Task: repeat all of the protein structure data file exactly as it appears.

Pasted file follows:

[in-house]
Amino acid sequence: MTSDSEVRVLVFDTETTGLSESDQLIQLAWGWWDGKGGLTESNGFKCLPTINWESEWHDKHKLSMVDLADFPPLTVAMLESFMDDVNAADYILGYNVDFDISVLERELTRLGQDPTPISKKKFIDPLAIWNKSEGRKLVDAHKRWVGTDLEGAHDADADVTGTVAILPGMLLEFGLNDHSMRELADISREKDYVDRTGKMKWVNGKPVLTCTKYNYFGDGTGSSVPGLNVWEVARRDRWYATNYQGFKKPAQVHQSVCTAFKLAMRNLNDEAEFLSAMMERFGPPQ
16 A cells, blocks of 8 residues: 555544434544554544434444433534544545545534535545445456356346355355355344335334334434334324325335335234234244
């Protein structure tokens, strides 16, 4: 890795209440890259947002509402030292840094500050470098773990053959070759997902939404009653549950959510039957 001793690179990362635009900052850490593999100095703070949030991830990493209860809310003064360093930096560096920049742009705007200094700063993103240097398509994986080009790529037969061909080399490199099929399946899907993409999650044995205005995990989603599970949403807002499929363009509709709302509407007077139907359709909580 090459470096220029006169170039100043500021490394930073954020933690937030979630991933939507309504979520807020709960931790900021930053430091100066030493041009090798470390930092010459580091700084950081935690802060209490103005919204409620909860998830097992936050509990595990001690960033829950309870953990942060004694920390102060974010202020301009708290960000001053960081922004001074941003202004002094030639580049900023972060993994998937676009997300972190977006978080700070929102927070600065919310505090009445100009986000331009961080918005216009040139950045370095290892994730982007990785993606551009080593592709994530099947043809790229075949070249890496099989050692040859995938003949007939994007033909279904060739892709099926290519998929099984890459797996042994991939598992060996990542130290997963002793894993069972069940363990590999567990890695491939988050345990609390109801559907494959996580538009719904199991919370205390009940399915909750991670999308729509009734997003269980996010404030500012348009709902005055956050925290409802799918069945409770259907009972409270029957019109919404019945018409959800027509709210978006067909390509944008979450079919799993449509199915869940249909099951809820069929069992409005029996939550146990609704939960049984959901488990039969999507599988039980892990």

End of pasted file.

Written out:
[in-house]
Amino acid sequence: MTSDSEVRVLVFDTETTGLSESDQLIQLAWGWWDGKGGLTESNGFKCLPTINWESEWHDKHKLSMVDLADFPPLTVAMLESFMDDVNAADYILGYNVDFDISVLERELTRLGQDPTPISKKKFIDPLAIWNKSEGRKLVDAHKRWVGTDLEGAHDADADVTGTVAILPGMLLEFGLNDHSMRELADISREKDYVDRTGKMKWVNGKPVLTCTKYNYFGDGTGSSVPGLNVWEVARRDRWYATNYQGFKKPAQVHQSVCTAFKLAMRNLNDEAEFLSAMMERFGPPQ
16 A cells, blocks of 8 residues: 555544434544554544434444433534544545545534535545445456356346355355355344335334334434334324325335335234234244
């Protein structure tokens, strides 16, 4: 890795209440890259947002509402030292840094500050470098773990053959070759997902939404009653549950959510039957 001793690179990362635009900052850490593999100095703070949030991830990493209860809310003064360093930096560096920049742009705007200094700063993103240097398509994986080009790529037969061909080399490199099929399946899907993409999650044995205005995990989603599970949403807002499929363009509709709302509407007077139907359709909580 090459470096220029006169170039100043500021490394930073954020933690937030979630991933939507309504979520807020709960931790900021930053430091100066030493041009090798470390930092010459580091700084950081935690802060209490103005919204409620909860998830097992936050509990595990001690960033829950309870953990942060004694920390102060974010202020301009708290960000001053960081922004001074941003202004002094030639580049900023972060993994998937676009997300972190977006978080700070929102927070600065919310505090009445100009986000331009961080918005216009040139950045370095290892994730982007990785993606551009080593592709994530099947043809790229075949070249890496099989050692040859995938003949007939994007033909279904060739892709099926290519998929099984890459797996042994991939598992060996990542130290997963002793894993069972069940363990590999567990890695491939988050345990609390109801559907494959996580538009719904199991919370205390009940399915909750991670999308729509009734997003269980996010404030500012348009709902005055956050925290409802799918069945409770259907009972409270029957019109919404019945018409959800027509709210978006067909390509944008979450079919799993449509199915869940249909099951809820069929069992409005029996939550146990609704939960049984959901488990039969999507599988039980892990």